Disaster can be defined as an event which disrupts the functioning of the society wherein the event is of such magnitude that it cannot be coped up with the resources of the society on its own. During such times one requires a force which is specialized in rescuing, rehabilitating and bringing normalcy in the society after the natural disaster has struck. With disaster management force, they are trained, keeping in mind three principles – how to prepare for future disasters, how to respond it when the society is in fear and what to learn from the shortcomings for future disaster management. The said disaster management force are tasked and deployed not only for naturally occurring disasters but also for disasters with man-made origins.
In 1999, the Government of India set up a High-powered committee while keeping in mind the need for a disaster management. Following this decision and the 2001 Gujarat earthquake, the Government of India introduced a national committee for the making and preparation of National Disaster Management plans. In December 2005, the Disaster Management act was enacted by the Government of India which lead to the creation of the Disaster management authority. The Disaster management authority was divided in three parts wherein the national disaster management authority was spearheaded by the Prime Minister, the state disaster management authority was headed by respective Chief Ministers of each state and the district disaster management authority would be headed by the district magistrate or Collector.
The National Disaster management authority is the apex body which lays down guidelines for disaster management. The guidelines which are laid down by the National disaster management authority have to be adopted and followed by the State disaster management authority under the supervision of Chief ministers of each state. For fulfilling the vision of building a safer and disaster resilient society, the national disaster management authority can recommend funds for mitigating. The national level disaster management authority helps in coordinating the enforcement as well as the implementation of policy for national as well as state level authority.
Disaster management authority –
The National Disaster management authority has demonstrated excellent disaster planning during Cyclone Hudhud and Cyclone Fani. In both of these cyclones, the National disaster management authority evacuated thousands of people from the worst hit zone and moved them to cyclone shelters. Due to this, the management authority helped in reducing the mortality rate due to Cyclones. Occasionally, the management authority runs intensive earthquake drills and mock exercises for crisis management. In order make everyone aware, the authority planned on implementing guidelines in schools regarding natural disaster management; prepared guidelines for hospital safety; provided the minimum standard which had to be maintained in shelters, etc.
Shortcomings and suggestion–
There are four phases in disaster management which go hand in hand and one cannot be removed or omitted in order to focus on one of the phases. Focus, funds and infrastructure has to be put in for all four phases or else it defeats the purpose for disaster management. The first phase is mitigation wherein the disaster management authority takes actions to eliminate or reduce the potential impact of a hazard. This phase helps in prepared for the hazard which would eliminate higher casualty rates. The second phase is preparedness which focuses on training the disaster management forces with exercises and drills which would lead to efficient evacuation and rehabilitation. Due to the drills and exercises, the forces would be well prepared and educated in terms of how to act and what to do in case a natural disaster strikes. The third phase is response wherein certain actions are taken by the authority towards responding to disaster emergencies. What needs to be done and how it will be done are a part of the third phase along with quick response in the disaster struck area. Once this is done, recovery of the area is the next step, which is the last phase as well. Once people have been evacuated from the danger area, then the authority can work upon recovering the services as well as bringing back the normalcy to the disaster struck area.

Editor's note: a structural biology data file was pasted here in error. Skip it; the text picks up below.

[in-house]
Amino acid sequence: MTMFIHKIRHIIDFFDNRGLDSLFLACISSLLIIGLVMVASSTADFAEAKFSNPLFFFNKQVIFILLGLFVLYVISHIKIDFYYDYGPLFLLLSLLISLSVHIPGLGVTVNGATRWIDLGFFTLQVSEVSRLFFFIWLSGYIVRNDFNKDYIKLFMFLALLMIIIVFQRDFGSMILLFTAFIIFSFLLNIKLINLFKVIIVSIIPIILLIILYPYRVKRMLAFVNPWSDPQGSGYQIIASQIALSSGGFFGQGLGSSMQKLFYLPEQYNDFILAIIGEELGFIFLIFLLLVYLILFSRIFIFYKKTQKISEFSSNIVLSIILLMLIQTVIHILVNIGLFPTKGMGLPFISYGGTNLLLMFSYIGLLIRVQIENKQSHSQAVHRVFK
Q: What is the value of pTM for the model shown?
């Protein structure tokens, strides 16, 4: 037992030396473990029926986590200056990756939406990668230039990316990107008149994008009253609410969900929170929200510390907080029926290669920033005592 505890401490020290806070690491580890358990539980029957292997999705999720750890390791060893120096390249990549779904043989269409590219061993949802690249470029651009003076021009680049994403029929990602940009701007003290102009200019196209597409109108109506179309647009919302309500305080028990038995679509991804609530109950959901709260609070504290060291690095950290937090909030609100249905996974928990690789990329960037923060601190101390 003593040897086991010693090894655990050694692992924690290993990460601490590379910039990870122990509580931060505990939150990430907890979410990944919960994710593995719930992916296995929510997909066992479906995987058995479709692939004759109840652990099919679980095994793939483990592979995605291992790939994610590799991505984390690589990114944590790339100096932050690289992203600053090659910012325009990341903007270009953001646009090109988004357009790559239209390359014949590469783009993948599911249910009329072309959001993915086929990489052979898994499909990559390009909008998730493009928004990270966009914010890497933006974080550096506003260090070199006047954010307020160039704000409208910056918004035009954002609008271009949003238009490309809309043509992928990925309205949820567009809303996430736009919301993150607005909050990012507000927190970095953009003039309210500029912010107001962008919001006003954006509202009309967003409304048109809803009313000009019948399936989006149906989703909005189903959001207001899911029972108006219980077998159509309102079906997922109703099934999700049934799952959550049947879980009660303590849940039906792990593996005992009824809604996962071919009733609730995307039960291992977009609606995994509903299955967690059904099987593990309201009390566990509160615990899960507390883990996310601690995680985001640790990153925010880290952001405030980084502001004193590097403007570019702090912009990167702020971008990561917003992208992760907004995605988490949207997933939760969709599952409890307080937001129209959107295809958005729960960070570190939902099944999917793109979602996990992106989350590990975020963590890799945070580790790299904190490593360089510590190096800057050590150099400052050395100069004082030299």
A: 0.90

In the past decade, it has been observed that in times of a natural disaster, the national disaster management authority is quite late on the scene and in times when they are on time, the work provided is inefficient. Due to this, the Indian army is called for providing their services. During the Kedarnath cloud burst, Srinagar floods, roads collapsing in certain states – it was the Indian army who was called for the rescue and rehabilitation process as the National disaster management authority or the state disaster management authority seem to be inefficient. From this it can be concluded, that the national or state disaster management authority lacks in all four phases. Due to not being aware of what kind of impact a certain disaster can cause, there is lack in preparedness which results in inefficient evacuation and rehabilitation process.
The national disaster management authority should take some inspiration from the Japanese National disaster management who helps the affected area in recovering from the disaster effortlessly due to the knowledge that they possess regarding disasters, how to tackle them, what is needed to be done during the situation and after the storm has calmed down. The tsunami which had struck Japan had created a havoc in the affected areas, however, within a span of few weeks, the place was back to its original environment with people being rehabilitated to their houses. The National disaster management authority has to strive towards becoming more efficient then only will the forces be able to help out the victims of the disaster.